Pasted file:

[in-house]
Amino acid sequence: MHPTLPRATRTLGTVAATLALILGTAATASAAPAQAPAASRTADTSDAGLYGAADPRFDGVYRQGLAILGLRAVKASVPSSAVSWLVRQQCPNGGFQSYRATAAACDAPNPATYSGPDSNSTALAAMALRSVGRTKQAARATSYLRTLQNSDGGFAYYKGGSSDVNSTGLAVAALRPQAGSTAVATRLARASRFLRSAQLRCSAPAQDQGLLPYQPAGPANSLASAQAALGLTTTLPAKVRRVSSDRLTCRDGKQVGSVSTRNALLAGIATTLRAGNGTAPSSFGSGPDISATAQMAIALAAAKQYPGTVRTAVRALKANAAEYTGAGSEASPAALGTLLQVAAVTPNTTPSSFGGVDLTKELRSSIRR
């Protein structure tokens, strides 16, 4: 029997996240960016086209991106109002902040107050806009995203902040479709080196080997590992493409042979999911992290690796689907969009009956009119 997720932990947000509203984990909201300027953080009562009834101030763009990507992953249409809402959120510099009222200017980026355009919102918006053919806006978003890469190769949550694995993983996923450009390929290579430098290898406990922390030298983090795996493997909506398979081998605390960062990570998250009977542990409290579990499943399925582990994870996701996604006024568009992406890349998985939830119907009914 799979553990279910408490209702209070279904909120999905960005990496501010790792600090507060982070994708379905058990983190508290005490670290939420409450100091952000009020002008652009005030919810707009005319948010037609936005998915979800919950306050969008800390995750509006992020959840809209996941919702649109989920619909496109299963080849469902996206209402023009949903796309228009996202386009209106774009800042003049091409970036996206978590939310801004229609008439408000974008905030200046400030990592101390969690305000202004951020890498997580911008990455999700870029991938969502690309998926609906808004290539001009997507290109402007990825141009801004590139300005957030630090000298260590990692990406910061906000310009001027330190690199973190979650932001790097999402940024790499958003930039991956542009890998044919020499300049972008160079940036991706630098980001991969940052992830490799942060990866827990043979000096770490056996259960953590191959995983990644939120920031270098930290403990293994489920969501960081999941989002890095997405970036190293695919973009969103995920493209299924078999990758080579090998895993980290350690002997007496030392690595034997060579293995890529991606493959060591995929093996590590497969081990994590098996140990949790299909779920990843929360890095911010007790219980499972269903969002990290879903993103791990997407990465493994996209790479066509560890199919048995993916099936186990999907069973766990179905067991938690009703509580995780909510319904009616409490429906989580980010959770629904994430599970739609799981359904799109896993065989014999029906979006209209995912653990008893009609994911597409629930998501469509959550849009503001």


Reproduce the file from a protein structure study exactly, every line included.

[in-house]
Amino acid sequence: MHPTLPRATRTLGTVAATLALILGTAATASAAPAQAPAASRTADTSDAGLYGAADPRFDGVYRQGLAILGLRAVKASVPSSAVSWLVRQQCPNGGFQSYRATAAACDAPNPATYSGPDSNSTALAAMALRSVGRTKQAARATSYLRTLQNSDGGFAYYKGGSSDVNSTGLAVAALRPQAGSTAVATRLARASRFLRSAQLRCSAPAQDQGLLPYQPAGPANSLASAQAALGLTTTLPAKVRRVSSDRLTCRDGKQVGSVSTRNALLAGIATTLRAGNGTAPSSFGSGPDISATAQMAIALAAAKQYPGTVRTAVRALKANAAEYTGAGSEASPAALGTLLQVAAVTPNTTPSSFGGVDLTKELRSSIRR
């Protein structure tokens, strides 16, 4: 029997996240960016086209991106109002902040107050806009995203902040479709080196080997590992493409042979999911992290690796689907969009009956009119 997720932990947000509203984990909201300027953080009562009834101030763009990507992953249409809402959120510099009222200017980026355009919102918006053919806006978003890469190769949550694995993983996923450009390929290579430098290898406990922390030298983090795996493997909506398979081998605390960062990570998250009977542990409290579990499943399925582990994870996701996604006024568009992406890349998985939830119907009914 799979553990279910408490209702209070279904909120999905960005990496501010790792600090507060982070994708379905058990983190508290005490670290939420409450100091952000009020002008652009005030919810707009005319948010037609936005998915979800919950306050969008800390995750509006992020959840809209996941919702649109989920619909496109299963080849469902996206209402023009949903796309228009996202386009209106774009800042003049091409970036996206978590939310801004229609008439408000974008905030200046400030990592101390969690305000202004951020890498997580911008990455999700870029991938969502690309998926609906808004290539001009997507290109402007990825141009801004590139300005957030630090000298260590990692990406910061906000310009001027330190690199973190979650932001790097999402940024790499958003930039991956542009890998044919020499300049972008160079940036991706630098980001991969940052992830490799942060990866827990043979000096770490056996259960953590191959995983990644939120920031270098930290403990293994489920969501960081999941989002890095997405970036190293695919973009969103995920493209299924078999990758080579090998895993980290350690002997007496030392690595034997060579293995890529991606493959060591995929093996590590497969081990994590098996140990949790299909779920990843929360890095911010007790219980499972269903969002990290879903993103791990997407990465493994996209790479066509560890199919048995993916099936186990999907069973766990179905067991938690009703509580995780909510319904009616409490429906989580980010959770629904994430599970739609799981359904799109896993065989014999029906979006209209995912653990008893009609994911597409629930998501469509959550849009503001």